“We are literally backing the same people in Syria that we are fighting in Afghanistan and that have just killed our ambassador in Libya! We must finally abandon the interventionist impulse before it is too late.” – Congressman Ron Paul, September 16, 2012
I read the above quote on another blog. It was in an article by William Blum, link above, that I can recommend as an interesting read. I just felt that this one quote sums up the complete nonsense of American foreign policy, and by default, the foreign policy of all their allies too.
When the Soviet Union was fighting the Taliban in the 1980’s, the West embraced the same religious fanatics we are currently castigating (and bombing). Arms were supplied, advisors sent off to assist, and their leaders, including Osama Bin Laden, and Abu Hamza al-Masri, were hailed as heroic freedom fighters. Thirty years later, and those Western allies are dumping the body of one in the ocean, (supposedly) and extraditing the other to face trial in the USA. During the Iran/Iraq war, spread over eight years during the same 1980’s, we were in no doubt who the West wanted to win. Iraq was hailed as the sensible aggressor, and their army would save the region from the excesses of the Ayatollahs, and fundamentalist Muslim fanatics. It is fair to say, that whilst no side actually won, the West was pleased that the Iraqis were not defeated, and that Iran had lost the flower of its manhood, in an relatively pointless conflict.
By 1990, the same country that we had supported for so long, including the supply of most of the weapons we later accused them of concealing, had become a sworn enemy, and the First Gulf War was the outcome. By 2003, the Iraqis had still not learned their lesson, and a laughable implication of their supposed role in the 9/11 attacks, ended with the destruction of the regime, and much of the country along with it. Not long after, those same Western allies invaded Afghanistan, ostensibly to help the legitimate government get rid of the Taliban, and to introduce freedoms for women, and non-fundamentalist Muslims there. Strangely enough, this was almost exactly the same reason the Soviets had given for their intervention, twenty years earlier.
Saudi Arabia, long held to be a friend of the West, is now beginning to be criticised. They are suspected of harbouring terrorists, and not doing enough to bring peace to the region. Their laws are too strict for ‘our’ taste, and they are controlling a cartel of price-fixing OPEC countries, making us pay too much for our oil. Iran is close to achieving the manufacture of a nuclear weapon, we are told. They are not friends of the West, and do not allow the necessary freedoms in their country. They also charge too much for their oil, and also choose who to sell it to. This huge country, with a population of 80,000,000, is written off by the West, with no regard to its former power and influence, as the once mighty Persian Empire. It is treated like a naughty schoolboy in the classroom that is the world, simply because it refuses to play the game with the Western Powers. Crippled by sanctions, reviled, and misrepresented, is it any wonder that it has become isolationist, suspicious, and unfriendly?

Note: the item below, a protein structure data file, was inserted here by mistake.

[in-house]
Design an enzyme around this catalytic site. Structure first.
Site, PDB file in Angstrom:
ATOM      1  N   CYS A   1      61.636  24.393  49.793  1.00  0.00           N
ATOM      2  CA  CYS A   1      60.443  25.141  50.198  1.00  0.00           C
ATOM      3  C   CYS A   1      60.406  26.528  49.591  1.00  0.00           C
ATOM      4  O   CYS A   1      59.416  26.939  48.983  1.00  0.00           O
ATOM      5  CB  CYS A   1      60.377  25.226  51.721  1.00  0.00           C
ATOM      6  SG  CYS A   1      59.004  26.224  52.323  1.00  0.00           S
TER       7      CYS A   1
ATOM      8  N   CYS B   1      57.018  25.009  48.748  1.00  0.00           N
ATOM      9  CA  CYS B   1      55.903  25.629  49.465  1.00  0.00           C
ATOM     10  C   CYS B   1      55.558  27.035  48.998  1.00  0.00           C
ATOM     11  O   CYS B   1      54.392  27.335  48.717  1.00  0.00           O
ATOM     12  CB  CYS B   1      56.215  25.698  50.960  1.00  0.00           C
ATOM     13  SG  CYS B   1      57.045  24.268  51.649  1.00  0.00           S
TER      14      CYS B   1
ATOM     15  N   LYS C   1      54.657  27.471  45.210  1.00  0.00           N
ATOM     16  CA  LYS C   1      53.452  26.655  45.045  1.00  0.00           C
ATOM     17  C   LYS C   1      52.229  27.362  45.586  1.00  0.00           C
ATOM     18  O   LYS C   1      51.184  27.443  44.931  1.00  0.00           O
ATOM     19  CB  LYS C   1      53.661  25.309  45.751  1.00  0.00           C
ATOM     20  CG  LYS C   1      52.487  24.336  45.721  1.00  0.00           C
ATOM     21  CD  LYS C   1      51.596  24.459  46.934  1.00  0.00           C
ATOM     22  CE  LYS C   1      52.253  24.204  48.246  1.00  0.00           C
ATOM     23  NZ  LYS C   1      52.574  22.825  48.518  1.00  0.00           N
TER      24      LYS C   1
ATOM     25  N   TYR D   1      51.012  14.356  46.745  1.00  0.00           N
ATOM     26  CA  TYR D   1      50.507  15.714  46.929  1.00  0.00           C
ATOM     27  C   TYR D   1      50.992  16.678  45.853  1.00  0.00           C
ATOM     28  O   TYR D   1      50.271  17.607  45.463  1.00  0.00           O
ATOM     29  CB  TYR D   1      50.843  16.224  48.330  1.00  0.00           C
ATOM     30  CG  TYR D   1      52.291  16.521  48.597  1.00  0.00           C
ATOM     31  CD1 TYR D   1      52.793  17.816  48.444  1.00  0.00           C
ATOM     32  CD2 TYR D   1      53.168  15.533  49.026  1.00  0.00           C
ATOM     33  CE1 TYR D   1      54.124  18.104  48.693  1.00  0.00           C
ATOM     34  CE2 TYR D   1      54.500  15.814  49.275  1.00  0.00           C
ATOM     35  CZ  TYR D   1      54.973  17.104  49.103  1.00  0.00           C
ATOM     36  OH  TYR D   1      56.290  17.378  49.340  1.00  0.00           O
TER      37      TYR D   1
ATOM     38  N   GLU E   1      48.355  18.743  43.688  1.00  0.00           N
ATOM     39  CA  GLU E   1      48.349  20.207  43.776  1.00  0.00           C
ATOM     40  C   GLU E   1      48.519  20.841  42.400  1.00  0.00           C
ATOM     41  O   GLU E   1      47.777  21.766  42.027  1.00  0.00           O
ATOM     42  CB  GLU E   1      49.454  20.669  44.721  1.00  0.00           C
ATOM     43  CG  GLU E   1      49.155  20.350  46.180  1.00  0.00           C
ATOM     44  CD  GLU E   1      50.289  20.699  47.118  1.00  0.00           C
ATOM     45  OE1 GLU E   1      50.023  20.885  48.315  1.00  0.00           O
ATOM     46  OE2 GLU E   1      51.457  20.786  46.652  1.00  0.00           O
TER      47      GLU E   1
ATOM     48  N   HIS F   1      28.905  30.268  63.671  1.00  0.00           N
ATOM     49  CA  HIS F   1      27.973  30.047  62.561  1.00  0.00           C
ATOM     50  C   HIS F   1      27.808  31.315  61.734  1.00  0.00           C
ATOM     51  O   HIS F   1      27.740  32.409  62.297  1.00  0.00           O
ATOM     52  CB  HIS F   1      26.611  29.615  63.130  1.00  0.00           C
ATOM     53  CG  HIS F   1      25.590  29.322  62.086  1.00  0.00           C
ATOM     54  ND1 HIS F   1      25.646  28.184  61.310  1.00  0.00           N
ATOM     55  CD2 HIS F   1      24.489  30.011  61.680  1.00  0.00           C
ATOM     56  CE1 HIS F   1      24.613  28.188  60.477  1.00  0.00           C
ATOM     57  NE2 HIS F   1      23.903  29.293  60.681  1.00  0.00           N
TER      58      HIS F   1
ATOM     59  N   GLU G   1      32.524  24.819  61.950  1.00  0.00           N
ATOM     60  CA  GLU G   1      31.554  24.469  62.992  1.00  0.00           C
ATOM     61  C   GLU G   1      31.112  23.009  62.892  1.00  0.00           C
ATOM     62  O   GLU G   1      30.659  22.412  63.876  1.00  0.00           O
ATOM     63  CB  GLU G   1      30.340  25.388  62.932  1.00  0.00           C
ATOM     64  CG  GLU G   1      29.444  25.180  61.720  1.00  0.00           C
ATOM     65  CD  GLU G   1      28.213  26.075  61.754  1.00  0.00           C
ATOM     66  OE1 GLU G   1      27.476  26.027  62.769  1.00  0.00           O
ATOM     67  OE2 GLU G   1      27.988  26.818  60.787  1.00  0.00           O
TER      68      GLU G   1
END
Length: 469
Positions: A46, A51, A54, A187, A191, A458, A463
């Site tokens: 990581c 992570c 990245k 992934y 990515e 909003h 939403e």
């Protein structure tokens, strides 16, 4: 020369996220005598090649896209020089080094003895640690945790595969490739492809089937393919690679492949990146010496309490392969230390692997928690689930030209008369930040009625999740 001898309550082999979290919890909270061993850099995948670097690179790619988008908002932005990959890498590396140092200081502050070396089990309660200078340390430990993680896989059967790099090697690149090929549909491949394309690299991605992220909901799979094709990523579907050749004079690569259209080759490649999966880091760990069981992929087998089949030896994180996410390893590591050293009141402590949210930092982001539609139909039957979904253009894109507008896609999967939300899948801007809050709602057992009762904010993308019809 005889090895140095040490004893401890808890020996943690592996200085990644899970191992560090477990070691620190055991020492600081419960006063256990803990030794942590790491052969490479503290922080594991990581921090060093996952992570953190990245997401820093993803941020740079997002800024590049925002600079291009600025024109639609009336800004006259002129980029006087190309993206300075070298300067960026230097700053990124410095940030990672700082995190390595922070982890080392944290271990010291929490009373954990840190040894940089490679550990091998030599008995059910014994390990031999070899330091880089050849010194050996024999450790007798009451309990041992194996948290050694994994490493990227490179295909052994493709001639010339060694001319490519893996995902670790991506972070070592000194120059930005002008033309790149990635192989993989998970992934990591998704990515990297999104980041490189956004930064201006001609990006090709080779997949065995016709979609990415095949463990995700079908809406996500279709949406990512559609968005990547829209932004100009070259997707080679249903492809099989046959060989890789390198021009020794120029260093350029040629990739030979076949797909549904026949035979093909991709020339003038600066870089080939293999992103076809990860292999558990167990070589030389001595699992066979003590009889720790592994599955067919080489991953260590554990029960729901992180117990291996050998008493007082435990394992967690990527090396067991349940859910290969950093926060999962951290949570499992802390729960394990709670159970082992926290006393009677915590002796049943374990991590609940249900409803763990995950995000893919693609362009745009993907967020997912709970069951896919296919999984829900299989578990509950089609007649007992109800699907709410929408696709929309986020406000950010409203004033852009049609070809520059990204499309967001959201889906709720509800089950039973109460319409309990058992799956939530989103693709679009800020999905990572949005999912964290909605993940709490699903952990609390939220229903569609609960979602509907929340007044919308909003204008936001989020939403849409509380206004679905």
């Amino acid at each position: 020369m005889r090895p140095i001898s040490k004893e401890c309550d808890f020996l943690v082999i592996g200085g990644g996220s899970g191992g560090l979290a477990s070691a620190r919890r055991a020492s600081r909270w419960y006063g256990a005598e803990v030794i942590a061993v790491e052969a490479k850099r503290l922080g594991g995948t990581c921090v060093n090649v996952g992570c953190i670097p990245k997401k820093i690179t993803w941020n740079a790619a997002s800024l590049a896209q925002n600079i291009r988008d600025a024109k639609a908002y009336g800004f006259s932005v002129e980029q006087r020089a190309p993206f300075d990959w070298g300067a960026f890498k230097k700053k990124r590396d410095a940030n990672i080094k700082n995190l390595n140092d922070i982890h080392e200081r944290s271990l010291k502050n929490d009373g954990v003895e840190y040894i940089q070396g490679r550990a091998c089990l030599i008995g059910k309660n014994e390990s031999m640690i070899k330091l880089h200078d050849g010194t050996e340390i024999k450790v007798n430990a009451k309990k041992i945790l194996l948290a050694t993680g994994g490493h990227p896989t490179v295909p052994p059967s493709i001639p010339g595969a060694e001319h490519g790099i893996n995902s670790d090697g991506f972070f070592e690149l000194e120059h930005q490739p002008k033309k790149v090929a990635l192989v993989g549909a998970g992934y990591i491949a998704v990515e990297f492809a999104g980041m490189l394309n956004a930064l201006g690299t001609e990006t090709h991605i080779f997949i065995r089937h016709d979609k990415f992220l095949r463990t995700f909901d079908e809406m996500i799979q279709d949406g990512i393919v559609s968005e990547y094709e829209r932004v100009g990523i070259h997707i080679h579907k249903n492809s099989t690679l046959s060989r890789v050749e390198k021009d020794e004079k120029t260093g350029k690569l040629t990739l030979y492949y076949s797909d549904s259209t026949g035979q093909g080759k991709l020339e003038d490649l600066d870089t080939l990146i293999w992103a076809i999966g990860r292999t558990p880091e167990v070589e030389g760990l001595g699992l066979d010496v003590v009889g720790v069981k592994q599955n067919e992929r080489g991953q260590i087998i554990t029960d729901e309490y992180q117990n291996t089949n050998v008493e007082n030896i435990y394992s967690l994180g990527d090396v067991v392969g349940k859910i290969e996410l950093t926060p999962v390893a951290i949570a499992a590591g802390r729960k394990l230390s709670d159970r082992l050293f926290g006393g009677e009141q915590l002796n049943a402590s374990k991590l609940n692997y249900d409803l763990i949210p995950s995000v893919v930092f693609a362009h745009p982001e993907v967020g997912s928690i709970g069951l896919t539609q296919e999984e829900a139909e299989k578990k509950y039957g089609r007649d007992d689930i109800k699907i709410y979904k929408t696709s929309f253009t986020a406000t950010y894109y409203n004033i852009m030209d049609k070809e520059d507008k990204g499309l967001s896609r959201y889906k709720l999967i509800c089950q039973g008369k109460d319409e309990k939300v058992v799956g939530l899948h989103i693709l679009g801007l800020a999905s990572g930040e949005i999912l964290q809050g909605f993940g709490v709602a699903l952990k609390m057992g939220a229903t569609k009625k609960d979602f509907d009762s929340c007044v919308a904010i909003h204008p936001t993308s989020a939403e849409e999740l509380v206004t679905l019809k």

Being a former friend of America, Britain, and France, has become decidedly dangerous. Those countries that have never sought, or been granted this boon, are succeeding where others have failed. Cuba, China, North Korea, to name but a few, have escaped invasion by foreign powers, (at least in modern times) and in many cases are courted as business opportunities, or at the very least, tolerated, even ridiculed; but not bombed. The outcome of being a friend, enlisting support, and often taking power as a result, is plain to see. Give it a few years, and America, and their allies, will be back to take it all away again. Countries like Syria, Libya, and Somalia, would be wise to look at these examples, and change direction accordingly.